Researchers from the Intel will present papers at the ISSCC that will describe a low-power, high-speed arithmetic logic unit (ALU) that can run both 32-bit and 64-bit code. This could allow the company to make Pentium-class chips that could run both types of software. The ALU churns calculations with whole numbers instead of decimals. The ALU runs at more than 7GHz in 32-bit mode and at 4GHz in 64-bit mode. Compared with existing Intel ALUs, the prototype unit increases performance by 20 percent and reduces power consumption by 56 percent. The ALU, made on the 90-nanometer process, could be inserted into either Pentium-class chips so they could run 64-bit software or Itanium chips so they could run standard Windows code better. It could go into a next-generation Pentium-style chip (Tejas).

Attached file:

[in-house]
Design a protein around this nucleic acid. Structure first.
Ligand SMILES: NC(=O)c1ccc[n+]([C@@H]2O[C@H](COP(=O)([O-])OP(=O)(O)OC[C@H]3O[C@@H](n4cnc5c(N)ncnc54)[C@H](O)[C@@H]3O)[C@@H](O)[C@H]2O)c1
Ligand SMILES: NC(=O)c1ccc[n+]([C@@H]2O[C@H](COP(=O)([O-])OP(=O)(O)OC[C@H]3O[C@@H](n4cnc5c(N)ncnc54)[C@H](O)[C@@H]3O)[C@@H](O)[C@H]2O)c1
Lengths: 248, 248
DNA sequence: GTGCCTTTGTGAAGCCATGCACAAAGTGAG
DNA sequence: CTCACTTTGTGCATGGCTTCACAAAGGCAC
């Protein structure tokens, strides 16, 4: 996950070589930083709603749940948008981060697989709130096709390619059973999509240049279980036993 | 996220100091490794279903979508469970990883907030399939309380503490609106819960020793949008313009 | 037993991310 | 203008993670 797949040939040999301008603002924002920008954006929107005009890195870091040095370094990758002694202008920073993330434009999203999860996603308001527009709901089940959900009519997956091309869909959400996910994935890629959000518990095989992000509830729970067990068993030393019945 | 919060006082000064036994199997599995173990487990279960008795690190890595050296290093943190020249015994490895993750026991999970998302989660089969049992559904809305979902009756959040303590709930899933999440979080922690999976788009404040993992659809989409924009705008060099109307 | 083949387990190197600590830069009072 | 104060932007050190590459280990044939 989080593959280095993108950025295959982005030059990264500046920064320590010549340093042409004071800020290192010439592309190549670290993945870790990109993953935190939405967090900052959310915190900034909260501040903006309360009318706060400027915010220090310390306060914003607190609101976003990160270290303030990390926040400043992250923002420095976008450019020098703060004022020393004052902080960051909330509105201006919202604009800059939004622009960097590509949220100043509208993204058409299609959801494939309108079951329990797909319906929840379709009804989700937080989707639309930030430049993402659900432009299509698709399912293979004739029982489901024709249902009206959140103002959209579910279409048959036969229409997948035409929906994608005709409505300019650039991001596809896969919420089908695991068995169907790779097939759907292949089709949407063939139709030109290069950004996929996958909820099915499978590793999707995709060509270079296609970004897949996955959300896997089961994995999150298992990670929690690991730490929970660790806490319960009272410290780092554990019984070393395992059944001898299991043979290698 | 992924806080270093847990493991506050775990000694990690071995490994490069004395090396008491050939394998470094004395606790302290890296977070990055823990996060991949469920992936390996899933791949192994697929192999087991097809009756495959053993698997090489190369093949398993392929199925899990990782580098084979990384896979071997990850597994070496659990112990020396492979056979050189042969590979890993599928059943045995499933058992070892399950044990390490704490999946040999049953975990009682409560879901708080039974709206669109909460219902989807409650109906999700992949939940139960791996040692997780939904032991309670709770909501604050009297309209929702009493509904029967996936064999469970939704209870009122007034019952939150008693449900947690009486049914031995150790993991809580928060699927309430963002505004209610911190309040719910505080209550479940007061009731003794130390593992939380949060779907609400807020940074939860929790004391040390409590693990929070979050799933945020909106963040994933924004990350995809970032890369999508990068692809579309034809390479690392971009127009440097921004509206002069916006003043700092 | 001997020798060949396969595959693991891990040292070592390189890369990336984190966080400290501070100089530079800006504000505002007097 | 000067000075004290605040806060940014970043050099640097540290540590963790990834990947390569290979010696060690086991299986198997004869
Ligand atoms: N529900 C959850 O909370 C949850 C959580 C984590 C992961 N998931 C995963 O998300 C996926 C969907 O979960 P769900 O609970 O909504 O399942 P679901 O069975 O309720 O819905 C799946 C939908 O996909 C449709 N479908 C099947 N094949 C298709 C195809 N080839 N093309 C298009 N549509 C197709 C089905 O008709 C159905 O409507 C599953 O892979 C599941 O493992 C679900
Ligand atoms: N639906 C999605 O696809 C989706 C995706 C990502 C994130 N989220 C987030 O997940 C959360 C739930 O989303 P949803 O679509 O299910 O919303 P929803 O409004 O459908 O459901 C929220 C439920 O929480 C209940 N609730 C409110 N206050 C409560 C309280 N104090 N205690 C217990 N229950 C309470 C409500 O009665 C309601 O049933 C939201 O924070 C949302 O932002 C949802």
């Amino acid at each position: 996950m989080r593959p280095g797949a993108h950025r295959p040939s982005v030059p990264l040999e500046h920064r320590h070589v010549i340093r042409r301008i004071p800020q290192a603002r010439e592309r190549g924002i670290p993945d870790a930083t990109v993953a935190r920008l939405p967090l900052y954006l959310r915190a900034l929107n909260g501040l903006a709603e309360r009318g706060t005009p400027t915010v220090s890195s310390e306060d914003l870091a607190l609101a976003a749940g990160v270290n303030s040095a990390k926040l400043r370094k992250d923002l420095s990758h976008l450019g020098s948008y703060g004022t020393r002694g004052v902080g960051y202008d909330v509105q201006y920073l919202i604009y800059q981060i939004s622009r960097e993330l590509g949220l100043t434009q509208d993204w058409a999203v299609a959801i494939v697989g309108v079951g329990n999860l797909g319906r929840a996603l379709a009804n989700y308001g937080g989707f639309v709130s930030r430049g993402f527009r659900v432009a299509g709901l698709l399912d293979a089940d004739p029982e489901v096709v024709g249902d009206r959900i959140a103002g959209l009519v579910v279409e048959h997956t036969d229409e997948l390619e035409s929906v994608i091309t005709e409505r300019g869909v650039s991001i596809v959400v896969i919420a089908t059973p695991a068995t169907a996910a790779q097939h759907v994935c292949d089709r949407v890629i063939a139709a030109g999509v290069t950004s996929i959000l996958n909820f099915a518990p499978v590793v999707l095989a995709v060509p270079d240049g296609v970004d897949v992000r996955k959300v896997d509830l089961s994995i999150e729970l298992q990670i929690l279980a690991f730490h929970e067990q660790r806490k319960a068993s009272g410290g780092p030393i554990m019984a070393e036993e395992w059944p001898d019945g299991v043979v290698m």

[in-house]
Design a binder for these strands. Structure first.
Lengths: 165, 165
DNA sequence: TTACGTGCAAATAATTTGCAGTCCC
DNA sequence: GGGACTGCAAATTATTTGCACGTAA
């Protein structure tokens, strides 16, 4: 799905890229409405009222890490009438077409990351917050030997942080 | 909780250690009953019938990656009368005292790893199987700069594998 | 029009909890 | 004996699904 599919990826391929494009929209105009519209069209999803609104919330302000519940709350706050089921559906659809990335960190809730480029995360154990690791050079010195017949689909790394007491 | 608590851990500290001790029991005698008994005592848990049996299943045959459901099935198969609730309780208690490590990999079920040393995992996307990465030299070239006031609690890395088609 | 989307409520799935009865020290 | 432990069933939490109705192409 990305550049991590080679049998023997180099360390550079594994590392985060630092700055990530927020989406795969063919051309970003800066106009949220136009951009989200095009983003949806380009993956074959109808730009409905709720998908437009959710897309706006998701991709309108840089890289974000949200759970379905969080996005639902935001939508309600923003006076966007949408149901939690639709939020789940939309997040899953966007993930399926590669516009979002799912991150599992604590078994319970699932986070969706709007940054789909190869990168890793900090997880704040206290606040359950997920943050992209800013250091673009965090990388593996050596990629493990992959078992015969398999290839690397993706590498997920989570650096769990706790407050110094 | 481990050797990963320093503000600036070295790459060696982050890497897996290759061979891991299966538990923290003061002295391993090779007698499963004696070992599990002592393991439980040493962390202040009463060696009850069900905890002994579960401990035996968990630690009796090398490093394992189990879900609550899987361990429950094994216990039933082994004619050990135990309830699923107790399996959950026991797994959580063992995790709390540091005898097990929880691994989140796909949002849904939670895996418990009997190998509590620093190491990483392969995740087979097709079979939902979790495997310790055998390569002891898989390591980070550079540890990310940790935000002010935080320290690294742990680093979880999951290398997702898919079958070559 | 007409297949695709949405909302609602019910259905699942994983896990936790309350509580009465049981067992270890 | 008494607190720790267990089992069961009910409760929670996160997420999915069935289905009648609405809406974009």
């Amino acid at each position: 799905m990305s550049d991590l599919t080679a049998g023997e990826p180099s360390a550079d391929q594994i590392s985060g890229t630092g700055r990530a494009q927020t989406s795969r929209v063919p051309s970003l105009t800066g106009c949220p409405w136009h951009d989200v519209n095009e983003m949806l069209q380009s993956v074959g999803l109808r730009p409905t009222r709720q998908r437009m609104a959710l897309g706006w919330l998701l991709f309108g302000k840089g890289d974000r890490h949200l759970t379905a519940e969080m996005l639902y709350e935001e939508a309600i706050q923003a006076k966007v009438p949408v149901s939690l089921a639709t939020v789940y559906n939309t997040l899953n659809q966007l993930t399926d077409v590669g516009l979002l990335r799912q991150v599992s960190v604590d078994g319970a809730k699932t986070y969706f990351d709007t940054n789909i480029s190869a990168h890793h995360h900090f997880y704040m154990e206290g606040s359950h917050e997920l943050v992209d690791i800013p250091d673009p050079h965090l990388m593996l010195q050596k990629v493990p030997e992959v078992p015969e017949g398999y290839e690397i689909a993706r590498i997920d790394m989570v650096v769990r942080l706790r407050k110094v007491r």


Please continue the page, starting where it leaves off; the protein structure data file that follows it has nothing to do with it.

Researchers from the Intel will present papers at the ISSCC that will describe a low-power, high-speed arithmetic logic unit (ALU) that can run both 32-bit and 64-bit code. This could allow the company to make Pentium-class chips that could run both types of software. The ALU churns calculations with whole numbers instead of decimals. The ALU runs at more than 7GHz in 32-bit mode and at 4GHz in 64-bit mode. Compared with existing Intel ALUs, the prototype unit increases performance by 20 percent and reduces power consumption by 56 percent. The ALU, made on the 90-nanometer process, could be inserted into either Pentium-class chips so they could run 64-bit software or Itanium chips so they could run standard Windows code better. It could go into a next-generation Pentium-style chip (Tejas).